“I joined the Army because I remember growing up and every morning watching my father get dressed in his uniform,” reflected Robinson. “I admired my father as a child and into my teenage years. In high school I messed around a lot, which led to me letting myself down.”
“I knew something had to change, and the only person to blame was myself. Making the decision to join the military helped me gain inner guidance and direction, and most of all -- self-discipline. It was the best and most critical decision I have made to date, and that decision turned my life around. Being able to serve the people of the United States and my fellow Hoosiers was one of the most rewarding experiences,” he added.
Robinson says he chose to come to Kelley for the opportunities that being located downtown present.
“Kelley Indy gives you the ability to not only attend a great school, but to be in the middle of the corporate world,” said Robinson. “I appreciate that Kelley has industry experts as professors, and that the professors are engaged and excited to pass along their knowledge.”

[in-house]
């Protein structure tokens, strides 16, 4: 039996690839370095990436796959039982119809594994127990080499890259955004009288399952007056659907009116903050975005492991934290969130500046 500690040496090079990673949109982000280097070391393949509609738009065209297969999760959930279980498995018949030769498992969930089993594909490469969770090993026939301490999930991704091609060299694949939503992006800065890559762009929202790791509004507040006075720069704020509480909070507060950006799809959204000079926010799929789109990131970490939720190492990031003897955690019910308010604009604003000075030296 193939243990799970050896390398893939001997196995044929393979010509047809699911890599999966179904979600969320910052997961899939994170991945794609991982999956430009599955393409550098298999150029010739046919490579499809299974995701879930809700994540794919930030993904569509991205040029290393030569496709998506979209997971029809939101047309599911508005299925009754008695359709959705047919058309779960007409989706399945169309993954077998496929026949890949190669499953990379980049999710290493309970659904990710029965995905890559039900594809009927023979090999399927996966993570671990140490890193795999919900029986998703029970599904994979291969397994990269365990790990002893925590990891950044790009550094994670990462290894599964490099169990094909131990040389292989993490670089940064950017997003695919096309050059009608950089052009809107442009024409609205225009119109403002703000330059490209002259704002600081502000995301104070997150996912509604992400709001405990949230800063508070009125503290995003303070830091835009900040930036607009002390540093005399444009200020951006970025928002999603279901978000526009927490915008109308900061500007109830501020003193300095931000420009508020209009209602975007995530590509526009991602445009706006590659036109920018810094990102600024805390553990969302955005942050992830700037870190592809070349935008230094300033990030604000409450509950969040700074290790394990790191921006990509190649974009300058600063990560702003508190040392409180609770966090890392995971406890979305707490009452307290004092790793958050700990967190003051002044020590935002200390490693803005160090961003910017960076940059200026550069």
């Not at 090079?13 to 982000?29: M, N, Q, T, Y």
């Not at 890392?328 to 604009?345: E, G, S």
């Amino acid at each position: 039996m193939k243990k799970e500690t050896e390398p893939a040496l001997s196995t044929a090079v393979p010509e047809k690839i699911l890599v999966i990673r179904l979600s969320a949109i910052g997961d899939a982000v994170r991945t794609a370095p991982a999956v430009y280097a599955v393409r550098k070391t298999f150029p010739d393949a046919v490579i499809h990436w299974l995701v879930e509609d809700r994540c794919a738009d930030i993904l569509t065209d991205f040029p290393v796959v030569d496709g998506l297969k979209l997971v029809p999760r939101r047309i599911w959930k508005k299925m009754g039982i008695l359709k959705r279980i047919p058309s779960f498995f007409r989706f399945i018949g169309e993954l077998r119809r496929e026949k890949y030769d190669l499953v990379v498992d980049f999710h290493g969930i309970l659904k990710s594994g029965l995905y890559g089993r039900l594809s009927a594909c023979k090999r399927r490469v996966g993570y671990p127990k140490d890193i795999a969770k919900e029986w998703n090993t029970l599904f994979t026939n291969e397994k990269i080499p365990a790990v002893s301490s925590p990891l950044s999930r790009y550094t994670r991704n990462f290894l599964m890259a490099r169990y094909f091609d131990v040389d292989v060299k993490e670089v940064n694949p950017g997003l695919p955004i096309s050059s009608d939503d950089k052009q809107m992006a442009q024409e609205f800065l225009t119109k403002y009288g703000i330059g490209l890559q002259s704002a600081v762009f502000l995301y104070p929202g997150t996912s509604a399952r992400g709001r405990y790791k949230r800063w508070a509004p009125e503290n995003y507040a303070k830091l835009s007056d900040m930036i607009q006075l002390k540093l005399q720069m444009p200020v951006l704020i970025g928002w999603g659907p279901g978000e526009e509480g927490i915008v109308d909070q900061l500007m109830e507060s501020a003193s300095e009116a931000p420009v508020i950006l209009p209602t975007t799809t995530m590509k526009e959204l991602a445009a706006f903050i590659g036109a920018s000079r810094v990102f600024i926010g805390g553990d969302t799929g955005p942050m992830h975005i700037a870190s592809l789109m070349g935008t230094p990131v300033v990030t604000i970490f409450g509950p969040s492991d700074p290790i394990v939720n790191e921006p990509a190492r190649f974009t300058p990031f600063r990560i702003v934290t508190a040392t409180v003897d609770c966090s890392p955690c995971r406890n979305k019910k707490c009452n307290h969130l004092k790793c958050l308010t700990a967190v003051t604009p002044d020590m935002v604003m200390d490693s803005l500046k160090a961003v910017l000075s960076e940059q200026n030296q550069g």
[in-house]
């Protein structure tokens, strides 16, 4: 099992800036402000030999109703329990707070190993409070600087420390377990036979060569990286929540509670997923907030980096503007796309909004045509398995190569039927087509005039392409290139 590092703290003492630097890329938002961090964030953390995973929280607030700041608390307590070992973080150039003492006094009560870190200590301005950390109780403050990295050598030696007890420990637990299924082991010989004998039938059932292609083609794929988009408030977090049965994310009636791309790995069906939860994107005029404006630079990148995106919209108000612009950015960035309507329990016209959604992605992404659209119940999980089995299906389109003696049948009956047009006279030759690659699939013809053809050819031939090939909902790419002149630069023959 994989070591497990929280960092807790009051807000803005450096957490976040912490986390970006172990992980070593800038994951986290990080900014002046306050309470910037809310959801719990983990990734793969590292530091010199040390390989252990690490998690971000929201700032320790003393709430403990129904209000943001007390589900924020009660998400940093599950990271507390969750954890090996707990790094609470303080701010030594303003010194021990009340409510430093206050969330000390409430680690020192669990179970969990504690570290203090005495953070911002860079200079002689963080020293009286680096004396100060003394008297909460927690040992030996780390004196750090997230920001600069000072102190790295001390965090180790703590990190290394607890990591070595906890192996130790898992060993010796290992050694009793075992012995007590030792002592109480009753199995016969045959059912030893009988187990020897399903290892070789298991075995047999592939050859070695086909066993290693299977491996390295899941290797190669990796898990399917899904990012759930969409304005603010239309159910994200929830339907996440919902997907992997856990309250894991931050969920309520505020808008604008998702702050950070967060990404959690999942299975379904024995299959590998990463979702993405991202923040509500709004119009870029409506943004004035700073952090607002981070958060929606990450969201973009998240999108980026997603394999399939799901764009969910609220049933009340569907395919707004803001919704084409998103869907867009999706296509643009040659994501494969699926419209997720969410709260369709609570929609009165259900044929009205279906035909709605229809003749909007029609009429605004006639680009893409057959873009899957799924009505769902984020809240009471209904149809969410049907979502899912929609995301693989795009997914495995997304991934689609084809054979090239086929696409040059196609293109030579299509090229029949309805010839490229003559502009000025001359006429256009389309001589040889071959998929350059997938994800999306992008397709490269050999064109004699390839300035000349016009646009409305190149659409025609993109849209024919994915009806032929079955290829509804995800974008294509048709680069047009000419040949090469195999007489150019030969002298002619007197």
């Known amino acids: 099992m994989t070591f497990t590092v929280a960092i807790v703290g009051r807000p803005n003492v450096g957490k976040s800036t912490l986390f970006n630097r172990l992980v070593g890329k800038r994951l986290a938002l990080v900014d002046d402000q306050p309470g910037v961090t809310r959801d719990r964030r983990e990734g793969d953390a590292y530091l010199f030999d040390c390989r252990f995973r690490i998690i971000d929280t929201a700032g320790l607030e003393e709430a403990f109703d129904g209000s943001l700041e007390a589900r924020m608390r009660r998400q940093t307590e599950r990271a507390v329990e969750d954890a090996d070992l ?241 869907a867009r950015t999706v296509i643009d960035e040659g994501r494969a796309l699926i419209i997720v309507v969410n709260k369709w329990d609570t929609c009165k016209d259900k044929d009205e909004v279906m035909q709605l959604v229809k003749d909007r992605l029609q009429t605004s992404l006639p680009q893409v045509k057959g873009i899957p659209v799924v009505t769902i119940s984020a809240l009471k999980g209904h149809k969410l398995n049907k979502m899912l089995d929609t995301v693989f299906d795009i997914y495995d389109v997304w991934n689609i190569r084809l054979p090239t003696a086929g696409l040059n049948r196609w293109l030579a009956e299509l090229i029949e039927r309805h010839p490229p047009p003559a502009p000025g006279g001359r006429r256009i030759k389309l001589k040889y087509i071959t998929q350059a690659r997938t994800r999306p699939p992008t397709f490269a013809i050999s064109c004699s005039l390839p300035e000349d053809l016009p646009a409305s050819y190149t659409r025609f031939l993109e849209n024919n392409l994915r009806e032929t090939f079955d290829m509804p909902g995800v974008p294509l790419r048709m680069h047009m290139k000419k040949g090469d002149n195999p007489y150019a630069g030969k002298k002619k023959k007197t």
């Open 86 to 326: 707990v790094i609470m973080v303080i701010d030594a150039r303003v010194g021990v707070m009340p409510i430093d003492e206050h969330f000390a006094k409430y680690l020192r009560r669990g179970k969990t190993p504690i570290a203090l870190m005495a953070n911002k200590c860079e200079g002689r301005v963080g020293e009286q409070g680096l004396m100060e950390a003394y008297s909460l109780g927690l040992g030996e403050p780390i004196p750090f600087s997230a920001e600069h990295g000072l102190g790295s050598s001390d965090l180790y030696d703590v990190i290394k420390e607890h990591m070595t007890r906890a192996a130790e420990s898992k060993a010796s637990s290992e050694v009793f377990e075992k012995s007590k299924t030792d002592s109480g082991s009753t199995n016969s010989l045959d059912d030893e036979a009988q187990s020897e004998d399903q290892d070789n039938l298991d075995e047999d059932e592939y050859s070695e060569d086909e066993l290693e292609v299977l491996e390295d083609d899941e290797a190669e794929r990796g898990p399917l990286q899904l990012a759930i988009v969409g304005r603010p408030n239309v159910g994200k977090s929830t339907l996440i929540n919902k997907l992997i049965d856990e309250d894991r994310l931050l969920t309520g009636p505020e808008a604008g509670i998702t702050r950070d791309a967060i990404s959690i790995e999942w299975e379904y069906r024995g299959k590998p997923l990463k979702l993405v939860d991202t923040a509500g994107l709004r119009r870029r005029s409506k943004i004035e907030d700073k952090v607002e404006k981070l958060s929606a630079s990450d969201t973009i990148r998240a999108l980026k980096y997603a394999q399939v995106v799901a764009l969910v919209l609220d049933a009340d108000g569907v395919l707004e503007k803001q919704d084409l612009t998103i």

For those who may be reading this, Robinson has a message.
“I want everyone, especially students, to know that we as veterans also owe you and your families a debt of gratitude for the support that you send our way. It’s humbling to have strangers you’ve never met go out of their way for you. I also would like students to understand that not all veterans are like those you see in a movie," he explained.
"Regardless of political, religious or ideological differences, an oath was sworn to protect you at all cost and that is something the entire veteran community lives by. I would also like to encourage Kelley and IUPUI students to take time and go to HVAF or the VA medical centers and volunteer. It’s a very humbling experience to look into the eyes of someone your age who has sacrificed their body for their country.”
“Lastly, I want everyone to know that veterans are people you can talk to. We may have faced different challenges, but we know what it’s like to need a person to chill with and let us vent. We are probably professionals at that by the time we leave the service. So don’t be afraid or shy, start a conversation with a veteran, and you may be surprised at how alike you both are.”